As a child, Timothy “Twix” Ward, thought he was “normal.” But his family saw something “special” about him.
Ward is a member of the San Carlos Apache Tribe in the southwestern state, Arizona.
“It wasn’t until I got older that I knew who I was, that I was different from everyone else,” Ward said. Ward identifies not as a man or a woman, but both — and neither: Twix Ward is a two-spirit.
The term was first used in Winnipeg, Canada, during a 1990 inter-tribal conference of Native American/First Nations gays and lesbians. Taken from the Ojibwe language, the term was chosen to serve for all Native Americans people who do not fit into traditional gender roles.
“Two-spirited people are not LGBTQ [Lesbian, Gay, Bisexual, Transgendered or Gender Queer], although some two-spirited people are LGBTQ,” said Ward. Ward added that a real two-spirit is someone who understands Native American culture and traditions.
Ward lives year-round in a traditional Apache house and takes part in traditional ceremonies. Ward also makes traditional clothing for ceremonies marking the change from girlhood to womanhood.
“I try to teach the girls what the dress is for, the meaning behind it in their ceremony,” Ward said.
Not everyone in the community accepts Ward, and the two-spirit admits to loneliness.
“Some people that claim to be traditional are upset with me because they think I’m acting like I know more than them,” Ward said. Ward wears the traditional clothing and face paint markings that identify two-spirits.
Balancing the male and female
In South Dakota, 2000 kilometers away, Kellie Bingen identifies as a two-spirit bisexual. Born on the Lower Brule Reservation, she now lives in the city of Sioux Falls.
“Two-spirits are people who can balance both their male and their female sides,” she said. “Dad taught us girls to do anything that a man can do.” But she said she still has a “girl” side. “I can wear a dress, put makeup on, and go out.”
Like Ward, Bingen believes only Natives who understand their traditions can claim two-spirit identity. The two-spirit does not believe the term should ever be used to describe non-Natives.
New York City musician and activist Tony Enos presents a different understanding of “two-spirit.”
Enos was raised in a racially mixed family in Pennsylvania. He identifies as two-spirit because of his father’s Cherokee ancestors.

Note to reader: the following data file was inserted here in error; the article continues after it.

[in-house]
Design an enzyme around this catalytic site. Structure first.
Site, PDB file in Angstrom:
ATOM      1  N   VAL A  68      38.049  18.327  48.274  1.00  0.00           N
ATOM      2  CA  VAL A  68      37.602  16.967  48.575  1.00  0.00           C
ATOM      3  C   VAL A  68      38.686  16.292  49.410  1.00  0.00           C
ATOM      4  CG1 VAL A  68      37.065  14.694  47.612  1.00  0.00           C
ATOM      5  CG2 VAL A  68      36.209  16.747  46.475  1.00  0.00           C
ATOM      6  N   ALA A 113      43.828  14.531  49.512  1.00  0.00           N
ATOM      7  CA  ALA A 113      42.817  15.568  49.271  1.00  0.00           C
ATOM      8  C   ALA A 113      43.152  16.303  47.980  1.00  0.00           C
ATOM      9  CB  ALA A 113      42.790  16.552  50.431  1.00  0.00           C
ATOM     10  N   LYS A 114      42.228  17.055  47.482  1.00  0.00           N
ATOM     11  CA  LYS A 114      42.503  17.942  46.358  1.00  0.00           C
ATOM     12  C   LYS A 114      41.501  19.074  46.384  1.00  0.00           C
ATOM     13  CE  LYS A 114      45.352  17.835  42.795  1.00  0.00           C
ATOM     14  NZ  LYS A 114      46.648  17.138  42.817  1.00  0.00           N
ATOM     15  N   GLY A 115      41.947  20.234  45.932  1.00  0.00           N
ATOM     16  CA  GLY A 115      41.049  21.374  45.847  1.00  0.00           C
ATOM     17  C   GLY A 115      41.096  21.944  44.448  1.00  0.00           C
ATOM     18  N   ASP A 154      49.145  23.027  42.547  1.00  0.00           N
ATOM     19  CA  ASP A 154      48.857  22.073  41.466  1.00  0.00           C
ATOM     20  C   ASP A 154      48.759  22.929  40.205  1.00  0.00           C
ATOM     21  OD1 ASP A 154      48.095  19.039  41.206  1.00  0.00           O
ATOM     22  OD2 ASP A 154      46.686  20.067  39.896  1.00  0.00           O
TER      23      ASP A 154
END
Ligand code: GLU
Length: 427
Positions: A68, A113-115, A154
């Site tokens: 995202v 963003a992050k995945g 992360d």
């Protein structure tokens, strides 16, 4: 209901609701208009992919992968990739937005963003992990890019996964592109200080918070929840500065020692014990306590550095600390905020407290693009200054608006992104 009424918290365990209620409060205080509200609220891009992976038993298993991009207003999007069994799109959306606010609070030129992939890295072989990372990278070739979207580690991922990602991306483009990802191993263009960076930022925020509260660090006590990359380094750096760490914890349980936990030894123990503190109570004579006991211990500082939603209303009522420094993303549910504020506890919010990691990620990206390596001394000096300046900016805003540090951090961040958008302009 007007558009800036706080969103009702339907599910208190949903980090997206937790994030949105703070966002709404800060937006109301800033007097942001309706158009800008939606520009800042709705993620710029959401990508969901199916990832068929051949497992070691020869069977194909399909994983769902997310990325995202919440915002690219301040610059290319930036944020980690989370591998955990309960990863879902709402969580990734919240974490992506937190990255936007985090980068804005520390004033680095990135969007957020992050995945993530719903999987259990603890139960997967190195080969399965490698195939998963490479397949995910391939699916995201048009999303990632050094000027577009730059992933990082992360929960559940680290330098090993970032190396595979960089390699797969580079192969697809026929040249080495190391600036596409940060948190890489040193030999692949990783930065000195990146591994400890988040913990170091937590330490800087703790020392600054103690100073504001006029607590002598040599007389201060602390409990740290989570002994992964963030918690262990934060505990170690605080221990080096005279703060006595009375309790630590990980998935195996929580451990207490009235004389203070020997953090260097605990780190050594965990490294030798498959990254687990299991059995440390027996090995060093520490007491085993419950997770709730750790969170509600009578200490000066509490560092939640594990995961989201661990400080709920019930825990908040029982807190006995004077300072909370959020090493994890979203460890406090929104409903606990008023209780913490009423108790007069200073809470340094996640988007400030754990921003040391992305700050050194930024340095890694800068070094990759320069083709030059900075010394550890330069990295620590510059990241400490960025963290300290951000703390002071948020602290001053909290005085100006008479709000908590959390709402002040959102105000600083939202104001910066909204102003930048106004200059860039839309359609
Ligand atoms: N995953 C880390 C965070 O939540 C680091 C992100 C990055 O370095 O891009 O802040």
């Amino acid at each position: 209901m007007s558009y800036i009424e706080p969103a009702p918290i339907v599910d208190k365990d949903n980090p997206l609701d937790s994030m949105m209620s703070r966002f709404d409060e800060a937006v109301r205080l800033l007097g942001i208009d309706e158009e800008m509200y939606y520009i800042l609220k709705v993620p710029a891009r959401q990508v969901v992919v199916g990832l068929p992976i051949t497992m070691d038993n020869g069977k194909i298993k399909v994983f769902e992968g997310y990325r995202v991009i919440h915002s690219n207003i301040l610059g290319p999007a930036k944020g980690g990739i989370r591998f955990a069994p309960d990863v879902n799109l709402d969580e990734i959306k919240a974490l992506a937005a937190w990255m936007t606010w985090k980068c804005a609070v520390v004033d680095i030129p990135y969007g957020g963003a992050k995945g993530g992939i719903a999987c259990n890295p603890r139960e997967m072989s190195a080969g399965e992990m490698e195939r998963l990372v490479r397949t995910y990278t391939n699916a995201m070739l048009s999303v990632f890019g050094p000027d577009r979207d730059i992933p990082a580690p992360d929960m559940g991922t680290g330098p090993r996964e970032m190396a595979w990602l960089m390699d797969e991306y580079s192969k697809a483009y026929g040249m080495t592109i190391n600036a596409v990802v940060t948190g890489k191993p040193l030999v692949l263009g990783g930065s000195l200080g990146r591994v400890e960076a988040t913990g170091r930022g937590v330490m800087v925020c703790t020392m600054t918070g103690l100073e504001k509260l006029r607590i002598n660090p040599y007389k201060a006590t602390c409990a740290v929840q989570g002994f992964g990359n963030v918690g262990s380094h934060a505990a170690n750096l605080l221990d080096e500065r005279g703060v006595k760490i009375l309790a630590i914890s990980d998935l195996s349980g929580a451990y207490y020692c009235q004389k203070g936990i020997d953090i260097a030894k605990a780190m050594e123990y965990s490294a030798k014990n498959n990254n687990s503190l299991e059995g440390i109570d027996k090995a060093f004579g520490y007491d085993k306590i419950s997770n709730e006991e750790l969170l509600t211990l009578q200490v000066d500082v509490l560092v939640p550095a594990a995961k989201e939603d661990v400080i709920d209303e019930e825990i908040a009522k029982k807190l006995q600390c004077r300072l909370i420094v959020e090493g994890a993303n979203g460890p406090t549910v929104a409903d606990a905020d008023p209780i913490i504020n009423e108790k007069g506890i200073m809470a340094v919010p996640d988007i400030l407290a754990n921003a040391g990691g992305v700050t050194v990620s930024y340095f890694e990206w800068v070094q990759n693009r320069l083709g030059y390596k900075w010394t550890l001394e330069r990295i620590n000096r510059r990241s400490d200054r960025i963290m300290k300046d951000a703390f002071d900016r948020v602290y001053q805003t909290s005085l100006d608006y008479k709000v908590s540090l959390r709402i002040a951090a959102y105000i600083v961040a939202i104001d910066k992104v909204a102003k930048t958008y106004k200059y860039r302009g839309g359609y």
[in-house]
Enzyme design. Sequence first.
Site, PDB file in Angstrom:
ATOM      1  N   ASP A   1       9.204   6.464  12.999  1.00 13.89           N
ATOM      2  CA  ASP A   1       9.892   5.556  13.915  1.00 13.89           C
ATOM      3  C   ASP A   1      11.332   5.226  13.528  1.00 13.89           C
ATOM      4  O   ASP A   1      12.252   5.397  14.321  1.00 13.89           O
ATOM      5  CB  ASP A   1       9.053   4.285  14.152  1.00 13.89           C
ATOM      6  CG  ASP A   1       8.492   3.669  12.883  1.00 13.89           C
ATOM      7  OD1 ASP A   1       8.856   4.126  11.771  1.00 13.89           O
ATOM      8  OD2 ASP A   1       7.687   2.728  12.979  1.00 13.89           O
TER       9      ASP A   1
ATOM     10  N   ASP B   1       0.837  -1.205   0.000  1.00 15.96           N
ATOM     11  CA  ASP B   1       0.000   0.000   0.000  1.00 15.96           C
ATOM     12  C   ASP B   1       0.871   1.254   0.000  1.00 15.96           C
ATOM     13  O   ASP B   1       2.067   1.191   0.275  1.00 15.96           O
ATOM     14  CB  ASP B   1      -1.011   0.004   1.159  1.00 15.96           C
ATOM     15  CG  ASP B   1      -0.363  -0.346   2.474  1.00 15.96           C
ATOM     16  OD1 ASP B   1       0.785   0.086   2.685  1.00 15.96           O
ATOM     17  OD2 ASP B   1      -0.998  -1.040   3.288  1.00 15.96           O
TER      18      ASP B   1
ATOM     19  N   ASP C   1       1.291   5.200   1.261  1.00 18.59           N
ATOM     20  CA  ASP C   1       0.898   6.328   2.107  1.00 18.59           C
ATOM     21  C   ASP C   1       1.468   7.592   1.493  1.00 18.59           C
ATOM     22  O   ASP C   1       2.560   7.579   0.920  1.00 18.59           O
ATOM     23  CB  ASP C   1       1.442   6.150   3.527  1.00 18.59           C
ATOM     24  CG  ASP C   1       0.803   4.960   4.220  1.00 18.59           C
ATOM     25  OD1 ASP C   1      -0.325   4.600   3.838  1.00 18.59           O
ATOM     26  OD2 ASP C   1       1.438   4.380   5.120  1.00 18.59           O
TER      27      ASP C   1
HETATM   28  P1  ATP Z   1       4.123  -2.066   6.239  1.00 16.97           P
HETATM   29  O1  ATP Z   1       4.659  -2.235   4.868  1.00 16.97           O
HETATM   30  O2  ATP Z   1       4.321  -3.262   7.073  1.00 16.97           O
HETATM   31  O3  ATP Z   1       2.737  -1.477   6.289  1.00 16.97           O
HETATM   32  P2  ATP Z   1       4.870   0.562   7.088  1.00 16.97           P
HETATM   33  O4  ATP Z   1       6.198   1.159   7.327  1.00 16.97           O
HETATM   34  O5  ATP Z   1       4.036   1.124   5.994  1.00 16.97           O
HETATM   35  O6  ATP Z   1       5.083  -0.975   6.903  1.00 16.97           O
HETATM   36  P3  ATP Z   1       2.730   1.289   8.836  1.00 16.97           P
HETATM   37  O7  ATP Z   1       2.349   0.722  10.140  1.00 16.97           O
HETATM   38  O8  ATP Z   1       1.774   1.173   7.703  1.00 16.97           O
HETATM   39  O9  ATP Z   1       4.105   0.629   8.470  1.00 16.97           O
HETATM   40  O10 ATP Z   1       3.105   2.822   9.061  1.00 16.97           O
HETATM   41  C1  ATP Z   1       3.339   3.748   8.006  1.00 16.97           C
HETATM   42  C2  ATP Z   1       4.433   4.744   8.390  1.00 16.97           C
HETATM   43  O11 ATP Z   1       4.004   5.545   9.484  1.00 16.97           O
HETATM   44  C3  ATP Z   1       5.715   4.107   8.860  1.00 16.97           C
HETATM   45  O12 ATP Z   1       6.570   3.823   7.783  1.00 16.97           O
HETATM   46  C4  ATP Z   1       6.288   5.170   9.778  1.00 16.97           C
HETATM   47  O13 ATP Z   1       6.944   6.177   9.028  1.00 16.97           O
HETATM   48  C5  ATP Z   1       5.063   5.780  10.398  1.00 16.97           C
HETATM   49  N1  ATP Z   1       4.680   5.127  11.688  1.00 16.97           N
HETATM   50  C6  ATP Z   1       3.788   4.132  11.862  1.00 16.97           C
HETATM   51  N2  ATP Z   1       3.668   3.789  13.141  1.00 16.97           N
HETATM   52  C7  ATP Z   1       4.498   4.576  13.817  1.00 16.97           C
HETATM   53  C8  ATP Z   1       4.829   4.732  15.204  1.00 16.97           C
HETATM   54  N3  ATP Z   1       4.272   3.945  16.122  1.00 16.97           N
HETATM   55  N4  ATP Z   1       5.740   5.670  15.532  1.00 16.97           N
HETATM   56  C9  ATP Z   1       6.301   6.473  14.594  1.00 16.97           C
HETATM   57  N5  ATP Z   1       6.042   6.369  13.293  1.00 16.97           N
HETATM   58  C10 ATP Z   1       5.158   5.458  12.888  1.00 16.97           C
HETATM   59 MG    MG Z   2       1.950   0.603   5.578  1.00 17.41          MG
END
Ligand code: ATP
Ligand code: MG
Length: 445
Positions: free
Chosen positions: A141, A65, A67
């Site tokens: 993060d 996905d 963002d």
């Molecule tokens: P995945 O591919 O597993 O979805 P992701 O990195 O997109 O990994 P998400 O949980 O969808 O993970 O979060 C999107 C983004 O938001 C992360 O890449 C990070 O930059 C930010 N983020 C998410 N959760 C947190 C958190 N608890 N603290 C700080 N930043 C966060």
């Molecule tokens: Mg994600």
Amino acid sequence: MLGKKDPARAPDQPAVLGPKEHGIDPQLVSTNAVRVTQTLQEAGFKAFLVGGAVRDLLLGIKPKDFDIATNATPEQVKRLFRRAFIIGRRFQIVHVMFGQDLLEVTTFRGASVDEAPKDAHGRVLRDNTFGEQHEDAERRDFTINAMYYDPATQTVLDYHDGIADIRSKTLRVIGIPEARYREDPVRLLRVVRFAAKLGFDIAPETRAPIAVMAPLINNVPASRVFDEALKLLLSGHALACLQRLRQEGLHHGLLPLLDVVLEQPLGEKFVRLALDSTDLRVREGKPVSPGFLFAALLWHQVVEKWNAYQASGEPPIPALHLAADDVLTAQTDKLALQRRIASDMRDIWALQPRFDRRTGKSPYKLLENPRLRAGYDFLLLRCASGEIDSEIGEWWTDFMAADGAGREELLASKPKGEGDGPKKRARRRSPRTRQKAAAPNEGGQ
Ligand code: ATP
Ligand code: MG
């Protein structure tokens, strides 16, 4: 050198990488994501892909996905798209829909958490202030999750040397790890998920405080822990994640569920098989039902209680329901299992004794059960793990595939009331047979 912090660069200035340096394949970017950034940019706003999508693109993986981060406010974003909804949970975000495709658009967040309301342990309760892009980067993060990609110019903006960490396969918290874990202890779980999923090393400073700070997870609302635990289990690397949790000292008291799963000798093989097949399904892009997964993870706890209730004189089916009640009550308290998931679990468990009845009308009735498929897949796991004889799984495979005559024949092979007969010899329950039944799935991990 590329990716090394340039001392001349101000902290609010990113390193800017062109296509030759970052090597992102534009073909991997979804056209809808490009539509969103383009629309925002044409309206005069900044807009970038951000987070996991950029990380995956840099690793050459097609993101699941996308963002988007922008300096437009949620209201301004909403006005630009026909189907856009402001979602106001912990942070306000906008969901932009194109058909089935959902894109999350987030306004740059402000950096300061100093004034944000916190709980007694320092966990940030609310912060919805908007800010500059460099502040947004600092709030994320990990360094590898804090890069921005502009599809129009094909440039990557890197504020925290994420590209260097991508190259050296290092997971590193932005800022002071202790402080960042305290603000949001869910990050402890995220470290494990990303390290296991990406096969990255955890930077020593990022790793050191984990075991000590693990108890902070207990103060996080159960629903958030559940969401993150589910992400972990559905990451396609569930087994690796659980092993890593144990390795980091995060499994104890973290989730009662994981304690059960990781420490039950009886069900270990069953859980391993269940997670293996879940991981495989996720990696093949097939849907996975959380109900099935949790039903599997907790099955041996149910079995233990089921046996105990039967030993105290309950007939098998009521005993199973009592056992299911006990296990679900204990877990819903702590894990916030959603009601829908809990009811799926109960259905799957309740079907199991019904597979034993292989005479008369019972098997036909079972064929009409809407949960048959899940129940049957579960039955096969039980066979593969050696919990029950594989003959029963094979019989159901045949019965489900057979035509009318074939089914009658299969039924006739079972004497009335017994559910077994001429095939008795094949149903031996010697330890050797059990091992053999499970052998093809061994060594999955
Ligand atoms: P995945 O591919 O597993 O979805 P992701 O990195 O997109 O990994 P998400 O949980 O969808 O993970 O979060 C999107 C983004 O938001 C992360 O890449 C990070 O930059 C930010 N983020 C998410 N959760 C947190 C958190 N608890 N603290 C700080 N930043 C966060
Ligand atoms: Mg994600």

“Before colonization, we were balance-keepers. We were the only ones that could move between the men’s and women’s camps. There was a special role for… this blessing to be able to see life through male and female eyes.”
And that’s what the two-spirit movement is all about, he said: reclaiming the special position two-spirits held in pre-colonial tribal communities.
But is that even possible?
Not always honored
Much of what is known about historic two-spirits comes from books written by Western missionaries and ethnographers. Those writers called two-spirits by the insulting word “berdache,” an Arabic word for slave boys.
In some tribes, two-spirits were honored as healers, seers and name-givers. Twin-spirits of the Yokuts and Mono peoples of California were diggers of burial places. They were believed to be guided by the dead.
“But not all tribes honored them,” said Wesley K. Thomas, a Navajo anthropologist. He believes two-spirits were honored only in tribes like the Navajo, where family history is followed from the mother’s line.
In tribes that followed the father’s line, they were often simply left alone, but in others, they were killed as soon as their two-spirit nature became clear, Thomas explained.
European colonization, however, meant the end of the two-spirits as Christianity was introduced. Spanish missionary Francisco Palou, who worked in California, wrote in 1777 that all two-spirits should be killed.
By the mid-20th century, gay Native Americans began to go to large cities when they were not accepted by their tribes. But in the cities, Thomas explained, they were often not accepted by the non-Native LGBTQ communities.
Thomas is not critical of the two-spirit movement, which he says “gives them a sense of belonging, of identity.”
However, Thomas does not believe they will ever see again the honor they were given in the past.
“It’s not possible,” he said. “We have been distanced too much from our traditional ways and cultures.”
I’m Susan Shand. And I'm Dorothy Gundy.
Cecily Hillary reported this story for VOA. Susan Shand adapted it for Learning English. Catherine Weaver was the editor
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Words in This Story
gay – adj. a man who has sex with other men
lesbian – n. a woman who has sex with other women
gender – n. the male, female or other that one identifies with
dress – n.clothing worn by women
missionary – n. one who travels to spreadChristianity
ethnographer – n. one who studies other races and cultures